As our house sit comes to an end, we just wanted to say thank you to Toby for being a great little guy to mind. We have loved your cuddles and tender little nature, you are a very easy boy to love and care for. Toby is the dearest little 16 year old Havanese, that we have been looking after in Milsons Point. We also loved how much joy you gave to everyone who saw you in your poochy pouch as Kevin carried you around on your walks. We will miss you. Lots of love treasure.
We didn't set out that day to find Nutcote, but we'd seen signs of May Gibbs along our walks, little reminders of her stories are to be found in the plantings and sculpture around the area.
I noticed this building as we were pulling up in the ferry, some houses just seem to have a story to tell, don't you think? Well, turned out that we'd stumbled across, Once Upon A Time.
This is certainly the land of the stairs this area. But somehow, this ferry stop seemed a little bit magical.
1935 Once Upon a Time. 1936
Live Peaceably with all so shall
thou lead a happy life thouself.
I had to find out more...
Once Upon A Time. Former home of William Alfred Leopold Crowle, its entrance gates are presided over by a stone lion ( formerly two) supposedly bought from the London Houses of Parliament after the WWII blitz. Nearby are verses from Goethe, including (in German) “When someone makes a journey they have a story to tell”. This is a house with a journey and a story to tell.
Crowle was a Sydney importer, businessman and inveterate traveler and collector. In 1935-36 he had designed and built Wyldefel Gardens stepping down a hillside in a ‘V’ to the waterfront at Potts Point. This townhouse development with its flat roofs and modern styling was a radical innovation for Sydney. At the water’s edge, he built his own house, Once Upon A Time, the bottom floor being the boatshed for his yacht. Returning in 1940 after three years of traveling, Crowle found that the navy was about to acquire his estate for the development of Captain Cook Graving Dock and to connect Garden Island to the mainland. Rather than lose his house, he had it dismantled and bought across to Kurraba Point on barges for reassembly. Crowle died in 1959 and his enormous collections of artifacts and books were auctioned off. Once Upon A Time is now three apartments. ~ Information from May Gibbs Neutral Bay Walk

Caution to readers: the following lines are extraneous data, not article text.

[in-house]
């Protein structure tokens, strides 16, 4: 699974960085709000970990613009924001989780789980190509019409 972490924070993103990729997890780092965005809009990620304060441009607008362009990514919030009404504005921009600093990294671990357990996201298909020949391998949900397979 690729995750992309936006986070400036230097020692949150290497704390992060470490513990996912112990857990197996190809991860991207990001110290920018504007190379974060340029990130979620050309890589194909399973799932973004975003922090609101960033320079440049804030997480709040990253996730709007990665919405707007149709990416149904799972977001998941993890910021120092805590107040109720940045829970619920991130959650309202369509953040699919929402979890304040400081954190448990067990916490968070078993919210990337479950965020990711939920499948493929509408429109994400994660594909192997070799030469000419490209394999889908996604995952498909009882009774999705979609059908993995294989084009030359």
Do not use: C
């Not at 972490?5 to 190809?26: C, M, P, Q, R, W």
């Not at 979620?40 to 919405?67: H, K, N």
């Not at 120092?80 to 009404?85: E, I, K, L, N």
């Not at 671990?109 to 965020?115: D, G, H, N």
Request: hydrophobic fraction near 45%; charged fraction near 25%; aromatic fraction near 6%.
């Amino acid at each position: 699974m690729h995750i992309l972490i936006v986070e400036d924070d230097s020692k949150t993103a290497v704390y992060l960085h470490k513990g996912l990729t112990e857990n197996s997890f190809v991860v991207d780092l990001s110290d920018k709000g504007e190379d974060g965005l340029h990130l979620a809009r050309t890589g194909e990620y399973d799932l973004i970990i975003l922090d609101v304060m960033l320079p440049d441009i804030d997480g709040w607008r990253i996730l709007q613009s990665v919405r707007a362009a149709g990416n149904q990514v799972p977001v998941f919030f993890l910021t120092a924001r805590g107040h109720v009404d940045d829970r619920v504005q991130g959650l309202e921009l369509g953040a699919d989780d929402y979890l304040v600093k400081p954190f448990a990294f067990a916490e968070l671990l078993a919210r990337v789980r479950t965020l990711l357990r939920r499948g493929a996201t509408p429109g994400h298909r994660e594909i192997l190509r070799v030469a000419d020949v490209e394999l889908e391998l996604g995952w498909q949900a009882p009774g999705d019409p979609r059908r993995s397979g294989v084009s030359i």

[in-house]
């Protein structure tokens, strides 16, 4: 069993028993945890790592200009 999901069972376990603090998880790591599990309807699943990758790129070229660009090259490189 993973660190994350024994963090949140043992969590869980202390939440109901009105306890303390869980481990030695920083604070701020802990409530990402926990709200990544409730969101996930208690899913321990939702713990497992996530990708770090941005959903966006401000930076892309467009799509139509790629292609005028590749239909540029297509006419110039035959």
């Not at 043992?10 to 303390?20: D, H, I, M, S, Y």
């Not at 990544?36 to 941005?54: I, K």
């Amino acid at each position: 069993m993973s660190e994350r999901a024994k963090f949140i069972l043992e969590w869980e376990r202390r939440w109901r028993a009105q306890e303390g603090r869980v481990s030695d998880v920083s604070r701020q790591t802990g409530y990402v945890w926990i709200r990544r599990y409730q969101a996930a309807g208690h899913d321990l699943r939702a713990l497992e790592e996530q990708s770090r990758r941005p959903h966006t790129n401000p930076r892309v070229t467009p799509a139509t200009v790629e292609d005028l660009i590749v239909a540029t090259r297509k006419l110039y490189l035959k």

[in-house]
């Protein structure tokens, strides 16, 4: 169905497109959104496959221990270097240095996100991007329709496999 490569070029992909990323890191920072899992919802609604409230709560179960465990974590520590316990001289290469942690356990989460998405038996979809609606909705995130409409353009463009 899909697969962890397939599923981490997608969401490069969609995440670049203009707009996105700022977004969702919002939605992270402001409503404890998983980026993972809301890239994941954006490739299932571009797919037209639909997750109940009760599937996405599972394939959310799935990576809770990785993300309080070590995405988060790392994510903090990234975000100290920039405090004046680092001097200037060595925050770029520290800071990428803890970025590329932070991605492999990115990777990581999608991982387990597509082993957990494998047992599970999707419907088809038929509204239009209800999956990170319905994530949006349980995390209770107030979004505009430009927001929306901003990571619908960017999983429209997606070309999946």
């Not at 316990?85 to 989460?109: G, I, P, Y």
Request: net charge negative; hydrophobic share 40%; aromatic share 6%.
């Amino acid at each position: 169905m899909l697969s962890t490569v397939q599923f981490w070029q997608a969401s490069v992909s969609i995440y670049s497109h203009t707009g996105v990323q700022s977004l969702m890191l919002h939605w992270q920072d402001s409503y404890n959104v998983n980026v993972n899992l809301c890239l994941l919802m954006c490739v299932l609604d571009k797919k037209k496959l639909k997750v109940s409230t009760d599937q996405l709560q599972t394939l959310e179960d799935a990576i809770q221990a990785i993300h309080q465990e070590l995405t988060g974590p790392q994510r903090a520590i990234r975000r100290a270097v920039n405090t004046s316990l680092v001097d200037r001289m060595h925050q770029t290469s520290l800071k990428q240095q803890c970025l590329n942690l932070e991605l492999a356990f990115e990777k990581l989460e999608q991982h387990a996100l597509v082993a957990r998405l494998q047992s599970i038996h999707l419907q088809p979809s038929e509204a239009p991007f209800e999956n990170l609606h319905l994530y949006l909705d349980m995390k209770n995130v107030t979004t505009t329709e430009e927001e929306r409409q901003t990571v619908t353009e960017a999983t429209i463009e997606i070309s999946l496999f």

How fabulous to live in a house called Once Upon A Time, how fabulous to have called this house that. I think I want a house called Once Upon A Time.
It was such a beautiful feeling to have discovered those words at the top of the stairs. One of the delights from just wandering... Anyway, walking on a little way, we noticed a sign to May Gibbs home, Nutcote. So we followed the sign and found a wonderful little place, one that has the feeling that lives have been lived there, with many happy memories.
"Once upon a time, on the beautiful Sydney shoreline, was a house called Nutcote and in that house lived a remarkable woman called May Gibbs who turned gumnuts into tiny people and banksias into villains." ~ Angus Stewart